Four Tips To Keep Your Teen Driver Safe This Winter

18 December 2015
 Categories: , Blog


Driving during the winter poses a challenge for even the most experienced driver. For a less experienced, teen driver, the challenges are even greater. As a parent, it's important that you prepare your children for the woes of winter weather to keep them safe while on the road.

Start With The Smartphone

When it comes to safety measures, a good place to begin is with their smartphone. In addition to your number, there are other important telephone numbers your teen driver should have access to. A tow truck service is one. In the event your child gets stuck due to weather, if they already have the number to a service you have approved, they can immediately call for assistance. Otherwise, a countless amount of time will be wasted locating a number and getting approval from you.

Keeping Control

Spinning wheels in snowy or icy conditions can make an inexperienced driver feel like they are losing control of the vehicle, which can cause them to immediately panic and put their safety at risk. Make sure you discuss the importance of control. Instruct your teen to always accelerate and brake gently when pulling off or stopping on these types of road conditions. Doing so helps the tires gain traction. Abruptly taking off or stopping doesn't allow the tires to grip and increases the chance of a spin out.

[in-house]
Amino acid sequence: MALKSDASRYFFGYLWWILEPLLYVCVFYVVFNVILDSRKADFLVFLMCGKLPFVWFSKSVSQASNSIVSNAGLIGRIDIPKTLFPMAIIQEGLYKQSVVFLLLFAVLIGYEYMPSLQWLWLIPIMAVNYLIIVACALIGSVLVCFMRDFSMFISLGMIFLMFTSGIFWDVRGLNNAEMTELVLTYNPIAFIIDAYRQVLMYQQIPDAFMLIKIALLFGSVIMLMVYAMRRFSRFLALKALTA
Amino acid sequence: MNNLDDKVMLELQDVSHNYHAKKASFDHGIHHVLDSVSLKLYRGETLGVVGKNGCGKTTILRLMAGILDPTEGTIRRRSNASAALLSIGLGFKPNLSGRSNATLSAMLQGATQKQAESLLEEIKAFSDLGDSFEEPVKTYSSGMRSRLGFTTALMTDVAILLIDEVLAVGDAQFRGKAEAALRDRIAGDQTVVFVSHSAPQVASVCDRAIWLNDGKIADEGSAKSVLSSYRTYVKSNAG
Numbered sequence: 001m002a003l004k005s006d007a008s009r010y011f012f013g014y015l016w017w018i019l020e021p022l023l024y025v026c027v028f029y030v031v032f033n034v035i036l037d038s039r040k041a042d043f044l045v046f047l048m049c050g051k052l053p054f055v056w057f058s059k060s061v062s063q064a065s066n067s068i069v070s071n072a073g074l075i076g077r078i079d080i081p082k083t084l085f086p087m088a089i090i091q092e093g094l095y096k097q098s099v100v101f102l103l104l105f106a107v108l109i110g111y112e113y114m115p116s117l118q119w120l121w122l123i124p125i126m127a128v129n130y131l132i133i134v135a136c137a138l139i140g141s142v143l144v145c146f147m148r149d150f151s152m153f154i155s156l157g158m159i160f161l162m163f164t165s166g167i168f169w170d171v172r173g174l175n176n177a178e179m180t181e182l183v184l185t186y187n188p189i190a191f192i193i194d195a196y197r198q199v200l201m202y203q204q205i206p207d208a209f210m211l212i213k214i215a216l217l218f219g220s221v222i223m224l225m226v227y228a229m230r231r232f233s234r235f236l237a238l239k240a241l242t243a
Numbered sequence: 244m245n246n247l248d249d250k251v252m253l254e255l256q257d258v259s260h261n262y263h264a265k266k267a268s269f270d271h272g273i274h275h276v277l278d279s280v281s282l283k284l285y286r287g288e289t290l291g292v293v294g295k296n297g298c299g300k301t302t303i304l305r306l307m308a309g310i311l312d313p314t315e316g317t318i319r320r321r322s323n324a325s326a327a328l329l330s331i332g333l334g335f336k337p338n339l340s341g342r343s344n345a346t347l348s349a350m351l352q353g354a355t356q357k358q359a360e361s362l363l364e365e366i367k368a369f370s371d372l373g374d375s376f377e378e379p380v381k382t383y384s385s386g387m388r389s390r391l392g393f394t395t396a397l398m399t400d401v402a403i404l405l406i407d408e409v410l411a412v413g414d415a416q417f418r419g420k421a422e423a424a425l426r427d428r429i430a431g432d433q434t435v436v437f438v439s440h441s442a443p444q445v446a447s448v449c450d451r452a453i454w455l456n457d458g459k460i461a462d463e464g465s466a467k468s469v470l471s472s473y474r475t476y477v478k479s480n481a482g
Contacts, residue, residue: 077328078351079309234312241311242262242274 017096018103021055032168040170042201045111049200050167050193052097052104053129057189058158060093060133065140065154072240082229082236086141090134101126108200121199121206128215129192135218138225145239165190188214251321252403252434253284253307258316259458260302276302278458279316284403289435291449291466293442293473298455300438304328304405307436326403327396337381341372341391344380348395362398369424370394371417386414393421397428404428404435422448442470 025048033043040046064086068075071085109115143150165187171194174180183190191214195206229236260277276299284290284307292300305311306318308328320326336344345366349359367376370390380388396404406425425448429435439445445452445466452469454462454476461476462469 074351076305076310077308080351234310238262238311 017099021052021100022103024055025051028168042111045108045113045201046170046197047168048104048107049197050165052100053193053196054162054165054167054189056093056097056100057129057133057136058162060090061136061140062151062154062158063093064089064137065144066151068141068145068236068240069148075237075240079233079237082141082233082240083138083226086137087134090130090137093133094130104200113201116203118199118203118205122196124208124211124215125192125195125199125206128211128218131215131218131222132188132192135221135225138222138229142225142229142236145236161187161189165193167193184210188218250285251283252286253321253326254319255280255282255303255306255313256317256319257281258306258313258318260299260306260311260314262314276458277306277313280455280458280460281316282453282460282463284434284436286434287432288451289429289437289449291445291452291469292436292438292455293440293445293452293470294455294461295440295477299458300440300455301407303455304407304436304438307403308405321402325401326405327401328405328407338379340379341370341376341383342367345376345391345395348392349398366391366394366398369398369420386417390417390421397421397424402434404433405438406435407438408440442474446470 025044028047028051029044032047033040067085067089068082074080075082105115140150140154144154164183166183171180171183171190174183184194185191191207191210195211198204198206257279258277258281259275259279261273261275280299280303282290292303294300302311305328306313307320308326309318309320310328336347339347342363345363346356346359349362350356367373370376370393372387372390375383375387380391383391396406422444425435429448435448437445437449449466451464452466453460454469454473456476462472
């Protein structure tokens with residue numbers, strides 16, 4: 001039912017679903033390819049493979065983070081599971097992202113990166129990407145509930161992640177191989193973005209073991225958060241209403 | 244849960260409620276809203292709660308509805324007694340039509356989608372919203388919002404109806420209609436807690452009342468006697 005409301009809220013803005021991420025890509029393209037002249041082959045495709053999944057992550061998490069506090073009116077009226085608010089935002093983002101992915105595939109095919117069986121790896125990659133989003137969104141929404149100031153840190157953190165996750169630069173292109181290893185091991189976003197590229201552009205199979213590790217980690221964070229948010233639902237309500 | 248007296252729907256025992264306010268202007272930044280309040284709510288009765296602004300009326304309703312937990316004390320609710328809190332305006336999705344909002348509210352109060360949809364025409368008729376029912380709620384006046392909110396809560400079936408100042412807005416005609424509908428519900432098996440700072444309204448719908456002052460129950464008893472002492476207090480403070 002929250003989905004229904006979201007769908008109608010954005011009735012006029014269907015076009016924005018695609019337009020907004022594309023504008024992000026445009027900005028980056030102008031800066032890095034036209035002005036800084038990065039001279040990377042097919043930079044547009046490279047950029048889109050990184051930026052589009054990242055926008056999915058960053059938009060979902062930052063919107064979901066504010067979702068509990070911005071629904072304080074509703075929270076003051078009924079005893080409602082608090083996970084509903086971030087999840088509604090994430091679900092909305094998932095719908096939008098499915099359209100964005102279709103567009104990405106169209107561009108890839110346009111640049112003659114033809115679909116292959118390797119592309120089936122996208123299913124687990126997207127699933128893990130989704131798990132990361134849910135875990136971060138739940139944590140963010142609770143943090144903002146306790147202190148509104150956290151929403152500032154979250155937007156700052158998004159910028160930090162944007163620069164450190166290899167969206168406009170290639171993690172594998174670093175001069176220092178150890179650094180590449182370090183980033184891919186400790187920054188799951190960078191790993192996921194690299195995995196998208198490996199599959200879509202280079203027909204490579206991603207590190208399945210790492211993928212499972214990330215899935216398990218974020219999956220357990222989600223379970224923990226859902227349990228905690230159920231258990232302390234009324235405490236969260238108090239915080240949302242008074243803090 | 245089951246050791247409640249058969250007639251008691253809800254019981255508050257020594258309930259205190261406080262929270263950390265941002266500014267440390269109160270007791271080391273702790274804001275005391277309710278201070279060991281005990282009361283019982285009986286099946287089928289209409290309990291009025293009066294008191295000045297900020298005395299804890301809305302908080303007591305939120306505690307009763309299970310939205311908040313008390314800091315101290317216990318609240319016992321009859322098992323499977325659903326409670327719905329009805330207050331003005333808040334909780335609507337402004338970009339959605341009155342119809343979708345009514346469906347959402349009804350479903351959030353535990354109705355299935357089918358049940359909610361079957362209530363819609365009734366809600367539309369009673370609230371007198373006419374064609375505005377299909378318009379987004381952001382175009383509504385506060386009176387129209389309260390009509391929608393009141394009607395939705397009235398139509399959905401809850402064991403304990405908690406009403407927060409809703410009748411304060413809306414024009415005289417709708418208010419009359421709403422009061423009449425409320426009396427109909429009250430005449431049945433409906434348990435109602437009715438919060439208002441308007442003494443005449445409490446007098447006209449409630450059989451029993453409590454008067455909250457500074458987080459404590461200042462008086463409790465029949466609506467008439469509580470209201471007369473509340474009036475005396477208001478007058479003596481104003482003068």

Clean The Vehicle

Particularly during periods of heavy or active snowfall, make sure you instruct your child to clean off as much of the snow from the vehicle as they can before driving. In periods of limited visibility, a car that is covered with snow will be harder to see than one that is at least partially uncovered. If drivers can't see their snow-covered vehicle, there is an increased risk of someone colliding with them. While the entire vehicle doesn't have to be clean, try to get much of the snow off.

Build Practice Hours

If it's not too harsh outside during periods of winter weather, take your driver on the road to gain experience. Begin in a wide open parking lot, gradually progress to your neighborhood and eventually hit the main roads. While in the passenger seat, watch how your child navigates and offer helpful suggestions. Don't let them drive on their own until they have racked up enough practice hours that you are confident in their ability.

The more effort you make to prepare your teen driver for winter driving, the more confident you will be in their ability and their safety.